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I LOVE THE art of Kabuki and find I have much in common with a Frenchman who goes by the name Shôriya Aragôrô. It is he who researches, composes and runs the website Kabuki 21.
In December 1998, four years into his nine-year residence in Japan, Aragôrô went to Tokyo’s Kabukiza Theatre and “fell in love with the art of Kabuki.” His website, in English since 2002, displays this enthusiasm.
My source of prints shown here is the book Tsuruya Kokei: Kabuki Actor Prints, celebrating the 100th anniversary of Tokyo’s Kabukiza Theatre. Kokei, whose real name is Mitsui Gen, is a woodblock print artist born in 1946. Information on the particular plays cited here comes from Shôriya Aragôrô’s Kabuki 21.
A Tough Guy. Kagekiyo is a traditional play first staged in 1732. (Kabuki dates from the early 1600s, comparable to Shakespearean times.) Kagekiyo is a general in the Heike clan, an aragoto tough-guy character, easily identified by his elaborate facial makeup.
Hereditary titles are part of Kabuki tradition. Ichikawa Danjûrô XII held the name Ichikawa Ebizô X from 1969 into 1985. The Ichikawa Ebizô line dates from 1673; the Ichikawa Danjûrô line, since 1675. Danjûrô XII died in 2013.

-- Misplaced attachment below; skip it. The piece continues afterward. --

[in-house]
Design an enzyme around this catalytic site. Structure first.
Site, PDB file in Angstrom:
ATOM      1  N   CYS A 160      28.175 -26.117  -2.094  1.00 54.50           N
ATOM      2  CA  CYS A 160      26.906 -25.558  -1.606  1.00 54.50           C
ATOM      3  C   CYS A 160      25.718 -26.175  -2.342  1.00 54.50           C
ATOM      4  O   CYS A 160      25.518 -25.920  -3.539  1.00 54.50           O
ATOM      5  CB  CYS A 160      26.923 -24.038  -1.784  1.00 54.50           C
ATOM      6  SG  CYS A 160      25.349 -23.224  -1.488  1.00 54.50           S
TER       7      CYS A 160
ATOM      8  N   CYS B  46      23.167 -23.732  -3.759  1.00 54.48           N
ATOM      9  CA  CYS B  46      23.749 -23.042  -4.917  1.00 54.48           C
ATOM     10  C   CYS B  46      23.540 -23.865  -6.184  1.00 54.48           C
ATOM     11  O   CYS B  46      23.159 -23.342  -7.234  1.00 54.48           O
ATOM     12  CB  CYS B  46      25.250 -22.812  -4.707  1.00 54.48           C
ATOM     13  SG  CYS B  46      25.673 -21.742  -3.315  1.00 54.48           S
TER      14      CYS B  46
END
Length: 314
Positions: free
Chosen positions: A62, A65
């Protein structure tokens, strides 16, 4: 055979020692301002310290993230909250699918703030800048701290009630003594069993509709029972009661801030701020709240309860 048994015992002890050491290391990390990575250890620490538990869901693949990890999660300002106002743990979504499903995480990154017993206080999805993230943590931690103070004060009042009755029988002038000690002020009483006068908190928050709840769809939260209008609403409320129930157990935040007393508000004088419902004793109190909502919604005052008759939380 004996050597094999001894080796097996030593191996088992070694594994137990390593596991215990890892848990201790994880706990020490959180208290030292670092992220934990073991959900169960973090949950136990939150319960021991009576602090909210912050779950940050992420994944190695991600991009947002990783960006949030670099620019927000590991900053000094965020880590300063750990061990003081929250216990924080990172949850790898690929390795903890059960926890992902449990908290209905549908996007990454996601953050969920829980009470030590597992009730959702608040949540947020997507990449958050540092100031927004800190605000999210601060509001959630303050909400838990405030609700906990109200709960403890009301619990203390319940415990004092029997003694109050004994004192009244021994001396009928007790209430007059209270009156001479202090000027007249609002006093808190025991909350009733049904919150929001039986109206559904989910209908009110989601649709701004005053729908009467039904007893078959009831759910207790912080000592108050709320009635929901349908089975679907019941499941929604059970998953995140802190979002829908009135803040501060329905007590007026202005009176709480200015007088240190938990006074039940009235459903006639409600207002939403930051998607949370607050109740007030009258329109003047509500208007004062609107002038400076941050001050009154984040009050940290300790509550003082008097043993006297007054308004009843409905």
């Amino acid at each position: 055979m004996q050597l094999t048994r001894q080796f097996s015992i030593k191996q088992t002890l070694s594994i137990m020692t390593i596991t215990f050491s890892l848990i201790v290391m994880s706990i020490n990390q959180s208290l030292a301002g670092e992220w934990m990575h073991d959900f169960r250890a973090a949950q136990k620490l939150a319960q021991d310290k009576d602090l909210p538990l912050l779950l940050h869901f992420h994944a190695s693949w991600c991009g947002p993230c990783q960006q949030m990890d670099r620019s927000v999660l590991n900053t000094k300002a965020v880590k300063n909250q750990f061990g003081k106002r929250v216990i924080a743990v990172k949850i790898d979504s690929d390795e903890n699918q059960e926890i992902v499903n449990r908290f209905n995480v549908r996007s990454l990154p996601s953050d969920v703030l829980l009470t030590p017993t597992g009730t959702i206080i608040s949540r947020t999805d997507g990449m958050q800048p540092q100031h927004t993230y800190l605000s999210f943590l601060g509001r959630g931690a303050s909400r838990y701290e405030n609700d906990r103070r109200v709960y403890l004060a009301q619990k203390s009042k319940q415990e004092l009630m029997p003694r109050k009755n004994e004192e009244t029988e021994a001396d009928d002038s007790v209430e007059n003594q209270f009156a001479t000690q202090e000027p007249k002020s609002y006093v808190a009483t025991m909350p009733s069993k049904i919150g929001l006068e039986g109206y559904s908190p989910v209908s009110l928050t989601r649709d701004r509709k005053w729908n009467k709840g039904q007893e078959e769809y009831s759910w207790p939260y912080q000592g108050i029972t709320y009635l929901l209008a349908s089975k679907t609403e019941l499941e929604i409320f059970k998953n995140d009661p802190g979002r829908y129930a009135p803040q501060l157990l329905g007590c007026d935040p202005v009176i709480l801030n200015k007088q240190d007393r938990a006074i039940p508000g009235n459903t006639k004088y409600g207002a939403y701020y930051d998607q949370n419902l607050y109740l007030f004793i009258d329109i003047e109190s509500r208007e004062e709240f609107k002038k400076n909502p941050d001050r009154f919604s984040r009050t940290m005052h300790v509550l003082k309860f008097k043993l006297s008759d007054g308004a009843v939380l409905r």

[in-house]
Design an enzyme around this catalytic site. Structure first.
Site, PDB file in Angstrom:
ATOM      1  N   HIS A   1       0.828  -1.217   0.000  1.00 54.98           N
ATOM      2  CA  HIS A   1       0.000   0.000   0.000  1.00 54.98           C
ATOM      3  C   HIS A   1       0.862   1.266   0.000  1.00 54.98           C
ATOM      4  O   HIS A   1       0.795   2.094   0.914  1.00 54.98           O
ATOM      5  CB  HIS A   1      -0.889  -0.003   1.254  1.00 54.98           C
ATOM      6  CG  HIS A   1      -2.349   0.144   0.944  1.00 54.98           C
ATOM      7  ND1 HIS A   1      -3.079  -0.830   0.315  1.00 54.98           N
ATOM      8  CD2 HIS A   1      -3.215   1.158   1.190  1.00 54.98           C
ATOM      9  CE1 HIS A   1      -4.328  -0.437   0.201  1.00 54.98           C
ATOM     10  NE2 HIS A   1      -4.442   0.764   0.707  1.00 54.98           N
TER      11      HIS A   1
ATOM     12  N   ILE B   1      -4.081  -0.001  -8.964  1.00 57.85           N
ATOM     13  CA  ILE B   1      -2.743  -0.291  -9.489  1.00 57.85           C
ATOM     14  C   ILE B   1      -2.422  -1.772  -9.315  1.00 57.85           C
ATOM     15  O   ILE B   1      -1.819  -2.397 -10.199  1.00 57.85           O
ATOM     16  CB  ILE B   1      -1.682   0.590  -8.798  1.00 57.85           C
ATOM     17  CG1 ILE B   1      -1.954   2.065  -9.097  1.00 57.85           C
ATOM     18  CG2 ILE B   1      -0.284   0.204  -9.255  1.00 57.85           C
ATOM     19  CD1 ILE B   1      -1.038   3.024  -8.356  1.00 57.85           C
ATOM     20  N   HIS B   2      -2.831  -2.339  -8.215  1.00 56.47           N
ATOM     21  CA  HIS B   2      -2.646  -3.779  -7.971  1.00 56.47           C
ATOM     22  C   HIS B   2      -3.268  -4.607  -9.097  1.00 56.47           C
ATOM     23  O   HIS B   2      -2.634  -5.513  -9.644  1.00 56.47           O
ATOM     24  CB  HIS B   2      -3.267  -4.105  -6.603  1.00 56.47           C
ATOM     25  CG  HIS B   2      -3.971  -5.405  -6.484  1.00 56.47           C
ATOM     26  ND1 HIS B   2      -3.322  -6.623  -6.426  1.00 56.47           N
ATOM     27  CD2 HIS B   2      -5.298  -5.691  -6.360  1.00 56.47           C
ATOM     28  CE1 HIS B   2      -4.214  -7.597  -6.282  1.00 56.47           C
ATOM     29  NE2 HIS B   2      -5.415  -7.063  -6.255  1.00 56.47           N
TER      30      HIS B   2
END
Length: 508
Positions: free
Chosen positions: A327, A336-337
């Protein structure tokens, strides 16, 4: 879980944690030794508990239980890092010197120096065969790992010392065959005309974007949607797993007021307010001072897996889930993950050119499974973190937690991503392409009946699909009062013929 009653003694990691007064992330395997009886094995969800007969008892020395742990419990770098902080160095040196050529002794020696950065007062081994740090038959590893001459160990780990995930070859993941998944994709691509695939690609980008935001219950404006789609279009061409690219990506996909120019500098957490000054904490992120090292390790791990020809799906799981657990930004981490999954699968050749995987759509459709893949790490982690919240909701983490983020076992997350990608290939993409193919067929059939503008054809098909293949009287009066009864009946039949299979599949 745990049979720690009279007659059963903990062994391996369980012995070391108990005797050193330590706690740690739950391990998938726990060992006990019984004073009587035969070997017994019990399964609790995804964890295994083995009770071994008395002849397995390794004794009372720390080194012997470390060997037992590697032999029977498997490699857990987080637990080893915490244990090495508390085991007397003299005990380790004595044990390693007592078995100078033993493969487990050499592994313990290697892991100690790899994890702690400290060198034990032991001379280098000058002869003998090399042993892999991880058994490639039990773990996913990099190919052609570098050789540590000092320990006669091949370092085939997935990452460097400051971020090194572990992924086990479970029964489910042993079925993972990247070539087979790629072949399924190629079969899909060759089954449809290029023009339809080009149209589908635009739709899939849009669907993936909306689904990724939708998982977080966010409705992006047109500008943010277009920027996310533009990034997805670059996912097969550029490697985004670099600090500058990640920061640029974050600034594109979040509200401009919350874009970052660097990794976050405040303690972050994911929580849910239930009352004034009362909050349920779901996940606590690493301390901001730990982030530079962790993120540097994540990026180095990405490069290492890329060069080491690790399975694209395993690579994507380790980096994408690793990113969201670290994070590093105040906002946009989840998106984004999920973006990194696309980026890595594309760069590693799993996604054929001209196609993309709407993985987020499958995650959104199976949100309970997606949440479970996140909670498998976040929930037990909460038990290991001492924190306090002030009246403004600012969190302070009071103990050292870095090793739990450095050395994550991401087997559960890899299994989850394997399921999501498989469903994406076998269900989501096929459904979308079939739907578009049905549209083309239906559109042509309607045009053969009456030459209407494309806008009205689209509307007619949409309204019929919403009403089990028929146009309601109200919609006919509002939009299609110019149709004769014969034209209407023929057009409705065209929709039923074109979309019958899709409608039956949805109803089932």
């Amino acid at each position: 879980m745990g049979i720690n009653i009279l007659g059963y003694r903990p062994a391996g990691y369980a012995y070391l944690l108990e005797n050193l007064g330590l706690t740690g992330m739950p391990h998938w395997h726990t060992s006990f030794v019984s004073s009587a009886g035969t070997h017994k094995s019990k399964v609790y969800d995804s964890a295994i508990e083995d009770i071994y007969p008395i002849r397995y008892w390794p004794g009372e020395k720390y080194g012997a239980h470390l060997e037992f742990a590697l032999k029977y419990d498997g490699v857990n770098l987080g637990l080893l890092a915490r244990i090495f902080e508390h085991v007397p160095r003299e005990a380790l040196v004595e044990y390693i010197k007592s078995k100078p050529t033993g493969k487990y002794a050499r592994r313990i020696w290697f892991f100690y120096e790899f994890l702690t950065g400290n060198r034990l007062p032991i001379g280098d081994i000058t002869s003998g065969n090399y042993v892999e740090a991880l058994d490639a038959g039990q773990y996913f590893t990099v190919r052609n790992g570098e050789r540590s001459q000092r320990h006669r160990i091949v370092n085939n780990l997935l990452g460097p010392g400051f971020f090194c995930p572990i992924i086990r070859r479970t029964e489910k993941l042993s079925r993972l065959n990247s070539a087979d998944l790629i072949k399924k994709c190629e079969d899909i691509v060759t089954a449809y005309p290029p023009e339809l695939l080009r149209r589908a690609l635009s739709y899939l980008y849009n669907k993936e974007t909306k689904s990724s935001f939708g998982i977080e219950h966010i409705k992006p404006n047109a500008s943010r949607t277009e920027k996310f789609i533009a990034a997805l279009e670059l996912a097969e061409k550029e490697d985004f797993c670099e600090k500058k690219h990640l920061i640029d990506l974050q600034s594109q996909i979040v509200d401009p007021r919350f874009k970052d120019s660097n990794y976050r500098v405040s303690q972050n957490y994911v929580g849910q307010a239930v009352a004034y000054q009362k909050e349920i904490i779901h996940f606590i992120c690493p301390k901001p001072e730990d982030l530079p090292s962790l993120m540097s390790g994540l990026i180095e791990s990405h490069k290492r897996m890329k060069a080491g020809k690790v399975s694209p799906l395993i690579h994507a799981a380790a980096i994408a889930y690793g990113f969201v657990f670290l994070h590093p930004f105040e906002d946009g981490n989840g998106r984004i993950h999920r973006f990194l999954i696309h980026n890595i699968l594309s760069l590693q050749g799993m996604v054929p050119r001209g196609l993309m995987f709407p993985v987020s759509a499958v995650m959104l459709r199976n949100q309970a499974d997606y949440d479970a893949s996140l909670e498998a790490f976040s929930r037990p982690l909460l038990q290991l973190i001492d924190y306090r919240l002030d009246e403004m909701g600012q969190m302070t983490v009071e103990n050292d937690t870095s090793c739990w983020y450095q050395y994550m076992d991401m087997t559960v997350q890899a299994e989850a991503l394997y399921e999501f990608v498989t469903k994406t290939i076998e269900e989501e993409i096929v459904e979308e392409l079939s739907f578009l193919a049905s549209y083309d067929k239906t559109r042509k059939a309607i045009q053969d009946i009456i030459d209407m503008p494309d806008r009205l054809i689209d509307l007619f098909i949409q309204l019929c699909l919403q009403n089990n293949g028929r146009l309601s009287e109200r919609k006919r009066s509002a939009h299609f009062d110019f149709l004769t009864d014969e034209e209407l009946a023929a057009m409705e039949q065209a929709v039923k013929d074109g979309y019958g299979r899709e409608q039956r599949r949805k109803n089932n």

A Tragic Tale Along a River Bank. The Sumidagawa dance scene was premiered at Kabukiza in 1919. Adapted from an earlier Noh drama, it was inspired by Russian ballets seen by a Kabuki actor during his European studies. The drama takes place on the banks of Tokyo’s Sumida River, where a mad woman seeks her son stolen by a slave trader.
Nakamura Utaemon VI began his onnagata career, i.e., playing female roles, in 1922. Considered the finest onnagata of the second half of the 20th century, Utaemon’s last stage performance was in 1996. He died in 2001.
A Kabuki Family Affair. Kabuki heritage is displayed in the next print: Narukami is a drama of illicit love involving Princess Taema and wicked priest Narukami. He has imprisoned a dragon god, thus causing a drought; she’s sent to remedy matters.
The first performance of Narukami was in 1684, with Ichikawa Danjûrô I in the title role. Subsequent Danjûrôs inherited the role until Danjûrô IX balked, calling the play immoral and disrespectful. (Narukami succumbs to temptress Taema and cops a feel inside her kimono.)
More recently, Ichikawa Danjûrô XII was a popular Narukami.
Renegade Brothers. The play Kurumabiki was originally staged in 1746 as puppet theater. Its Kabuki version followed within a month. It’s a tale of Umeômaru and Sakuramaru, two brothers who are masterless samurai, rōjin, and their conflict with a third brother, Matsuômaru, who’s still loyal to his master.
As part of a complex plot, the two rōjin brothers disguise themselves with enormous straw traveling hats. Kabuki 21’s Shôriya Aragôrô notes, “During an intermission in Paris, I heard one person say to another, ‘I couldn’t understand it at all. Those barrel-size straw hats were a surprise, though. Do you think they will become next year’s fashion?’ ”
Fine, until you encounter your other brother, the non-rōjin one. ds
© Dennis Simanaitis, SimanaitisSays.com, 2018